Philippine Heart Center Nurse Application Essay

 

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Fact Sheet 2016



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Nurses have an integral role in the health care system. State-mandated safe-staffing ratios are necessary to ensure the safety of patients and nurses. Adequate nurse staffing is key to patient care and nurse retention, while inadequate staffing endangers patients and drives nurses from their profession. Staffing problems will only intensify as baby boomers age and the demand for health care services grows, making safe-staffing ratios an ever-pressing concern.

This fact sheet outlines: the workplace and patient treatment improvements associated with safe-staffing ratios, the dangers of understaffing for nurses and patients, the high costs of frequent nurse turnover in hospitals, the potential benefits of safe staffing for addressing nurse retention, the savings associated with safe-staffing ratios, and the growing popularity of safe-staffing legislation.

Safe-Staffing Ratios Improve the Workplace and Patient Care

In 2004, California became the first state to implement minimum nurse-to-patient staffing ratios, designed to improve patient care and nurse retention. Subsequent studies show that California’s program measurably improved patient care and nurse retention.

  • According to a 2010 study by researchers at the University of Pennsylvania, 29 percent of nurses in California experienced high burnout, compared with 34 percent of nurses in New Jersey and 36 percent of nurses in Pennsylvania, states without minimum staffing ratios during the period of research. The study also found that 20 percent of nurses in California reported dissatisfaction with their jobs, compared with 26 percent and 29 percent in New Jersey and Pennsylvania.[1]
  • California nurse staffing ratios accompanied a lower likelihood of in-patient death within 30 days of hospital admission than in New Jersey or Pennsylvania. In California, there was also a lower likelihood of death from failing to properly respond to symptoms.
  • California reported 13.9 percent fewer surgical deaths than New Jersey and 10 percent fewer surgical deaths than Pennsylvania.[2]
  • According to a 2007 study on safe staffing in Medical Care, an increase of one registered nurse (RN) per patient was associated with a 24 percent reduction in time spent in the intensive care unit and a 31 percent reduction in time spent in surgical units.[3]
  • In long-term care facilities, patients with more direct RN time (30 to 40 minutes daily per patient) reported fewer pressure ulcers, acute care hospitalizations, urinary tract infections, urinary catheters, and less deterioration in their ability to perform daily living activities.[4]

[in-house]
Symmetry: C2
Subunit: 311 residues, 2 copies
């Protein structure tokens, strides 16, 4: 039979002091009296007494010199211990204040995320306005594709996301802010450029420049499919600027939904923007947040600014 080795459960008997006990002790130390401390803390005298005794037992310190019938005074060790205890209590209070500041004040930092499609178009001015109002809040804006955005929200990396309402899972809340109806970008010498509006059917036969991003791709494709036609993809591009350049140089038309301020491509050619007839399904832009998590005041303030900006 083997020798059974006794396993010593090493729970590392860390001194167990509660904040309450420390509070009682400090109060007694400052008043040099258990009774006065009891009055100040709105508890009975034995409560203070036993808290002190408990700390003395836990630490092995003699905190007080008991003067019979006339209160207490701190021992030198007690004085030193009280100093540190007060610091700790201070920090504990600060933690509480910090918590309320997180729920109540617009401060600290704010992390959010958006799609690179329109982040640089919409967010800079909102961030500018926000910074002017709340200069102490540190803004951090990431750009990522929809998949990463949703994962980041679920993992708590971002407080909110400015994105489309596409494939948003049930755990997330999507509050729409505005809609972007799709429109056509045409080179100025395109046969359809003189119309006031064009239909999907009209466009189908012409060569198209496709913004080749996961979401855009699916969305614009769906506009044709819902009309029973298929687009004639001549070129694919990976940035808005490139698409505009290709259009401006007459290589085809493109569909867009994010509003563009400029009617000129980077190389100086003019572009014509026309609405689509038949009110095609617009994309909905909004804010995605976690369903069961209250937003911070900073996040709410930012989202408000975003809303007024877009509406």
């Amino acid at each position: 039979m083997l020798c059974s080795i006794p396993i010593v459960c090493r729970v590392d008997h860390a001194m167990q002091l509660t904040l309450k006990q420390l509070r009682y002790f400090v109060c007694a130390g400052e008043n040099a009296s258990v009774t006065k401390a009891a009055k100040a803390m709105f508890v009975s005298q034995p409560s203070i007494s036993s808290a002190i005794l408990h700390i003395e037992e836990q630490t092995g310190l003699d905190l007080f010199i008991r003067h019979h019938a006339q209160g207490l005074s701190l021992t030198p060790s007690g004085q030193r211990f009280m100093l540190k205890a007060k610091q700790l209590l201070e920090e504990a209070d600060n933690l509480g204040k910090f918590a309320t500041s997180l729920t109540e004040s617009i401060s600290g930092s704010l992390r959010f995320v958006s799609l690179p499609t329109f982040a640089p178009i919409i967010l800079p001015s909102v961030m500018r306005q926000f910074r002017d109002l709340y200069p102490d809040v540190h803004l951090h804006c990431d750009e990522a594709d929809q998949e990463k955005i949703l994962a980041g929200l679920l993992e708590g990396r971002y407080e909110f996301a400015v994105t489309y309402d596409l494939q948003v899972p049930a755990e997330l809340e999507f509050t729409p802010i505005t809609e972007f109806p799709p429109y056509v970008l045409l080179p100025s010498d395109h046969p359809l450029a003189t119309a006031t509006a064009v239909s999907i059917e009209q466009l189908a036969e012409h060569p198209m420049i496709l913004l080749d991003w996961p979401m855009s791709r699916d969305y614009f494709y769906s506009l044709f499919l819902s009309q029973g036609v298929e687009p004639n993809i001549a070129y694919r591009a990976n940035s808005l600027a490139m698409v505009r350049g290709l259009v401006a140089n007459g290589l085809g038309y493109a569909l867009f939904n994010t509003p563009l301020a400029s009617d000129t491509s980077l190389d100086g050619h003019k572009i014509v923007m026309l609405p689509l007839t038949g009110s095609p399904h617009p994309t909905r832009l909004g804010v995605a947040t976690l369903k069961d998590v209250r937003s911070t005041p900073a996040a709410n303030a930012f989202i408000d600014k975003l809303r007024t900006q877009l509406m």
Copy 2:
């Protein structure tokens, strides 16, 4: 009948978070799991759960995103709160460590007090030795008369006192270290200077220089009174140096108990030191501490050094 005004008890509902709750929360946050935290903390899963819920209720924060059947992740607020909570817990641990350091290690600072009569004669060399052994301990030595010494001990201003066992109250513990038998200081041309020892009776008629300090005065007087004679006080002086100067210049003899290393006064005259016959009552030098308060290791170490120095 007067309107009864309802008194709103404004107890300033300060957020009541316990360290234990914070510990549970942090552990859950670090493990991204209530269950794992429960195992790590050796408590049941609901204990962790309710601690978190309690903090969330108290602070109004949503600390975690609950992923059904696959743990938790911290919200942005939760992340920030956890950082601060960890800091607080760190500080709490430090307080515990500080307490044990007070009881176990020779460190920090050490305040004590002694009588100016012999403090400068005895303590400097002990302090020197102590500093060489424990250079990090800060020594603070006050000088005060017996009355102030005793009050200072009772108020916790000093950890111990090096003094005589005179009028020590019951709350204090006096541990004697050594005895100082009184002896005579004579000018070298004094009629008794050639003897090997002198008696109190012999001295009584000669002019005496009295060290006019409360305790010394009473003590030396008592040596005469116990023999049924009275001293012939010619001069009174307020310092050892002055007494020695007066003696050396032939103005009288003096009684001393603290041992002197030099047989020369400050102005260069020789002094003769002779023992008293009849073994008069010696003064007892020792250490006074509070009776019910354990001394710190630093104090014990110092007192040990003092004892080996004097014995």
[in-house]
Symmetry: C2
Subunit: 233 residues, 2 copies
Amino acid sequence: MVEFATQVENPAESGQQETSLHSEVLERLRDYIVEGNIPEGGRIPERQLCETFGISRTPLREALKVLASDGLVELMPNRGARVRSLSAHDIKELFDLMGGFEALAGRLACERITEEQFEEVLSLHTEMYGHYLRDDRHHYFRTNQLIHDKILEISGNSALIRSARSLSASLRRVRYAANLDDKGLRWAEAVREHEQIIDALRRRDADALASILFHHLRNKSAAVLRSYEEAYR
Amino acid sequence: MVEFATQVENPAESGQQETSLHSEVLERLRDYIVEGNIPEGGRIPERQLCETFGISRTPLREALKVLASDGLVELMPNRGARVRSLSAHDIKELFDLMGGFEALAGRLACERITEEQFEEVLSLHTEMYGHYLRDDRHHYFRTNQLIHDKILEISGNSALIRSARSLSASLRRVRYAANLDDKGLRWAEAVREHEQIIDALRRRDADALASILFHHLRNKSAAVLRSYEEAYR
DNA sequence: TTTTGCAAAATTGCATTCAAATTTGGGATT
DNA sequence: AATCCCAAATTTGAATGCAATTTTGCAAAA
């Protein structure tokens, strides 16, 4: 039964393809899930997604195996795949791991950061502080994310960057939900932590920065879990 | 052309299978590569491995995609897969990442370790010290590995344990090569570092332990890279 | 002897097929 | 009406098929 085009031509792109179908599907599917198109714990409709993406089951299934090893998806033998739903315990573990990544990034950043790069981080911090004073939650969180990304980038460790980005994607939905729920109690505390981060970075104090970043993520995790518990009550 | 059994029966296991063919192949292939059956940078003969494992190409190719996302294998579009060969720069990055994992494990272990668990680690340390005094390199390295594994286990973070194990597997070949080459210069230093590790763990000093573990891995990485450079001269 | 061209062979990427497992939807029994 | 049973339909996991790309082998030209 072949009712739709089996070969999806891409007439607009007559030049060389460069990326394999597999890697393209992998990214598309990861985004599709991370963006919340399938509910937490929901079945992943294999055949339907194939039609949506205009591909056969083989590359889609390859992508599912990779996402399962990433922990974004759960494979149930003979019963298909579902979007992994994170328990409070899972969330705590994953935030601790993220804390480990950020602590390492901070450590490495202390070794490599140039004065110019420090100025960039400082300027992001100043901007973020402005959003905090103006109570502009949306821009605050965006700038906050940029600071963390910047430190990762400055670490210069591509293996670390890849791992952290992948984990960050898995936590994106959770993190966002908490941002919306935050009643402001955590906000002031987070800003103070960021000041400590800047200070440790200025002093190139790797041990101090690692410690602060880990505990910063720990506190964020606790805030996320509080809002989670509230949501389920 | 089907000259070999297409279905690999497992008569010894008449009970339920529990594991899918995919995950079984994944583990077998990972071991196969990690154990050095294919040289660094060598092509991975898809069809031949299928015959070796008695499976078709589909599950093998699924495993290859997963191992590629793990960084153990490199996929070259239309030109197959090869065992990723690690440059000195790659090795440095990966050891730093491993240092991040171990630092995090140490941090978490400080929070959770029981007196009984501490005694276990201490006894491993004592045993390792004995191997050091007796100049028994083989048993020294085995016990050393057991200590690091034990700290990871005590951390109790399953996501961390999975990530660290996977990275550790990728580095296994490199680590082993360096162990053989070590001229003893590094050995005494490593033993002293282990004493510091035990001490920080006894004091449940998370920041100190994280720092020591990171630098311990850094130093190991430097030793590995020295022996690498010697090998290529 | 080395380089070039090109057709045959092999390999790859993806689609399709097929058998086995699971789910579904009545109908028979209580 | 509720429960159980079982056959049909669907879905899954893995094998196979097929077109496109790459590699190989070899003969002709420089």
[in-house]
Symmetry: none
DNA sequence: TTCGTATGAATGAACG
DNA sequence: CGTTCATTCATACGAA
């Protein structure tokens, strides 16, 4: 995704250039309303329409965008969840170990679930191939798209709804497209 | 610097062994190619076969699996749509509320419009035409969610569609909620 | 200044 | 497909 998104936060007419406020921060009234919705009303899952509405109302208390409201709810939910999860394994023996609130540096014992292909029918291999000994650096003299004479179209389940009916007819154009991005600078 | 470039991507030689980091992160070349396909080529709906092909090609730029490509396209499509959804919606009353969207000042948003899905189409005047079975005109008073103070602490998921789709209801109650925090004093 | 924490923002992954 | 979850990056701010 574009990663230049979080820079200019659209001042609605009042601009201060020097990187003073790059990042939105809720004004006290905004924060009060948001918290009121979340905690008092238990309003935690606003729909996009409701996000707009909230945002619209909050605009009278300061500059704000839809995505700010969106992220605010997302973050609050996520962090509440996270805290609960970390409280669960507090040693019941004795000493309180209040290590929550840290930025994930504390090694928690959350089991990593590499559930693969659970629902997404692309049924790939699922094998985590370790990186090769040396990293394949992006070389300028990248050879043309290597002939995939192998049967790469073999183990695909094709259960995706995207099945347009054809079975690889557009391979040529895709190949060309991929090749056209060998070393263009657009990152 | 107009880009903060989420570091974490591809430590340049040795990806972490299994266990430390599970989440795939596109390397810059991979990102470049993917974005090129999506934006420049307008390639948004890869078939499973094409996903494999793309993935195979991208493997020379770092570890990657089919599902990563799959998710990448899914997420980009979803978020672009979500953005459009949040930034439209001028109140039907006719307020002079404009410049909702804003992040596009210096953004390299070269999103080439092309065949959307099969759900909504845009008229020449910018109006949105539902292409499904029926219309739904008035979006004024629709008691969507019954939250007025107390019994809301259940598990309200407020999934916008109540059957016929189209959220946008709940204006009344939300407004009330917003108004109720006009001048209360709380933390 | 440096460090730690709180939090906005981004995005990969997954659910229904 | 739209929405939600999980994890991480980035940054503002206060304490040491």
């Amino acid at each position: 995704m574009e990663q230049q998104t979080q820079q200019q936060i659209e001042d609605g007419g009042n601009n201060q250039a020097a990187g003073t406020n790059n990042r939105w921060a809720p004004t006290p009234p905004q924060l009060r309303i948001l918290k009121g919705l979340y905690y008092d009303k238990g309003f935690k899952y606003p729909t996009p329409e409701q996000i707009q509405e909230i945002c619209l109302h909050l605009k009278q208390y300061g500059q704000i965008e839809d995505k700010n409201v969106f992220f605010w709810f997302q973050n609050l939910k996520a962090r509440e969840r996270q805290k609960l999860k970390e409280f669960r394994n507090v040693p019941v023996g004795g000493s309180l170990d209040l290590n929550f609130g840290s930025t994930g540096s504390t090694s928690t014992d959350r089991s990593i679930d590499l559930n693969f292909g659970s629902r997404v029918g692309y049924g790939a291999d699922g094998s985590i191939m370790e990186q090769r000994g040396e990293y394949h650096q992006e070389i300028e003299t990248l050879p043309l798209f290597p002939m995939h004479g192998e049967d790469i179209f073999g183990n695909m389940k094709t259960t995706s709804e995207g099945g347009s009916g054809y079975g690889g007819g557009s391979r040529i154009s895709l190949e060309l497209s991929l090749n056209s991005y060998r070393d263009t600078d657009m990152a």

• Minimum staffing legislation has a direct impact on poor and uninsured patients.
    A Journal of Hospital Medicine study found that hospitals with a high proportion of Medicaid and uninsured patients were significantly more likely to be above minimum nurse-to-patient ratios than hospitals with low proportions of Medicaid patients.[5] As discussed below, understaffed facilities pose a much greater risk to patients’ health.

Understaffing Endangers Nurses and Patients

According to the American Nurses Association (ANA), “Massive reductions in nursing budgets, combined with the challenges presented by a growing nursing shortage have resulted in fewer nurses working longer hours and caring for sicker patients. This situation compromises care and contributes to the nursing shorting by creating an environment that drives nurses from the bedside.”[6]

  • Working long hours and with inadequate staffing affects nurses’ health, increasing their risk of musculoskeletal disorders (MSDs—back, neck, and shoulder injuries), hypertension, cardiovascular disease, and depression. In 2012, registered nurses had 11,610 incidents of MSDs, resulting in a median rate of eight days away from work. Among all healthcare practitioner and technical occupations, there were 65,050 nonfatal occupational injuries and illnesses that required a median of seven days away from work.[7]
  • Nurses’ cardiovascular health suffers as a result of working long shifts and overtime. In a 2010 study, researchers showed a clear trend between frequent overtime work and incidents of heart disease, with workers reporting three to four hours of overtime per day being 1.6 times more likely to have cardiovascular health disorders.[8]
  • Many RNs also complain that current workloads are causing burnout. Burnout can be described by a number of symptoms, including chronic fatigue, irritability, insomnia, headaches, back pain, weight gain, depression, and high blood pressure.[9] According to a study in the Journal of the American Medical Association, each additional patient over four per nurse carries a 23 percent risk of increased burnout and a 15 percent decrease in job satisfaction.[10]
  • In August 2012, approximately one-third of nurses reported an emotional exhaustion score of 27 or greater, considered by medical standards to be “high burnout.”[11]

Aside from the occupational hazards caused by understaffing, numerous studies show a correlation between inadequate nurse staffing and poor patient outcomes. High nurse-to-patient ratios are associated with an increase in medical errors, as well as patient infections, bedsores, pneumonia, MRSA, cardiac arrest, and accidental death.[12]

  • Every one additional patient added to a hospital staff nurse’s workload is associated with a seven percent increase in hospital mortality.[13]